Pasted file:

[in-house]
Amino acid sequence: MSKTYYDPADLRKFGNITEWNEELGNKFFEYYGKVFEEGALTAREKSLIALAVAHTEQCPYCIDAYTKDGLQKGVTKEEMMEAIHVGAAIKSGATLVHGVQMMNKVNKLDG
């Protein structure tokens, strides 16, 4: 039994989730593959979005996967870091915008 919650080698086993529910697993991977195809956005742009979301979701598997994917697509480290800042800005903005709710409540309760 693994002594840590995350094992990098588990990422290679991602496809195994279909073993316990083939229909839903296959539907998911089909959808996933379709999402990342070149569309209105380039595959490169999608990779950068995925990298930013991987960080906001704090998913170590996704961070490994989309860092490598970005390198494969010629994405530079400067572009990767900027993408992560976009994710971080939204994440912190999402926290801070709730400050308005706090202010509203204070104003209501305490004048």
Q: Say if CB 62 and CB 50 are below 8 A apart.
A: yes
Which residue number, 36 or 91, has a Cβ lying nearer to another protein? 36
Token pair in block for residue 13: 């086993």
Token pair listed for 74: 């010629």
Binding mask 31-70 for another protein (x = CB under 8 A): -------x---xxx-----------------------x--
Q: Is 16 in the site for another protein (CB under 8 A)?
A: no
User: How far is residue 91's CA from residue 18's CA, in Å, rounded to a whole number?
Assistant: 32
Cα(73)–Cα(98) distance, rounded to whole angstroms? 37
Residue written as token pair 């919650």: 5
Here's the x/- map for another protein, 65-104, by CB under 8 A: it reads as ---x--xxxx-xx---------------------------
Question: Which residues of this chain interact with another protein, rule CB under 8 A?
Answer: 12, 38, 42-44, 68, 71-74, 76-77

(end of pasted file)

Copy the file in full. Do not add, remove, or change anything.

[in-house]
Amino acid sequence: MSKTYYDPADLRKFGNITEWNEELGNKFFEYYGKVFEEGALTAREKSLIALAVAHTEQCPYCIDAYTKDGLQKGVTKEEMMEAIHVGAAIKSGATLVHGVQMMNKVNKLDG
């Protein structure tokens, strides 16, 4: 039994989730593959979005996967870091915008 919650080698086993529910697993991977195809956005742009979301979701598997994917697509480290800042800005903005709710409540309760 693994002594840590995350094992990098588990990422290679991602496809195994279909073993316990083939229909839903296959539907998911089909959808996933379709999402990342070149569309209105380039595959490169999608990779950068995925990298930013991987960080906001704090998913170590996704961070490994989309860092490598970005390198494969010629994405530079400067572009990767900027993408992560976009994710971080939204994440912190999402926290801070709730400050308005706090202010509203204070104003209501305490004048």
Q: Say if CB 62 and CB 50 are below 8 A apart.
A: yes
Which residue number, 36 or 91, has a Cβ lying nearer to another protein? 36
Token pair in block for residue 13: 């086993």
Token pair listed for 74: 């010629």
Binding mask 31-70 for another protein (x = CB under 8 A): -------x---xxx-----------------------x--
Q: Is 16 in the site for another protein (CB under 8 A)?
A: no
User: How far is residue 91's CA from residue 18's CA, in Å, rounded to a whole number?
Assistant: 32
Cα(73)–Cα(98) distance, rounded to whole angstroms? 37
Residue written as token pair 């919650």: 5
Here's the x/- map for another protein, 65-104, by CB under 8 A: it reads as ---x--xxxx-xx---------------------------
Question: Which residues of this chain interact with another protein, rule CB under 8 A?
Answer: 12, 38, 42-44, 68, 71-74, 76-77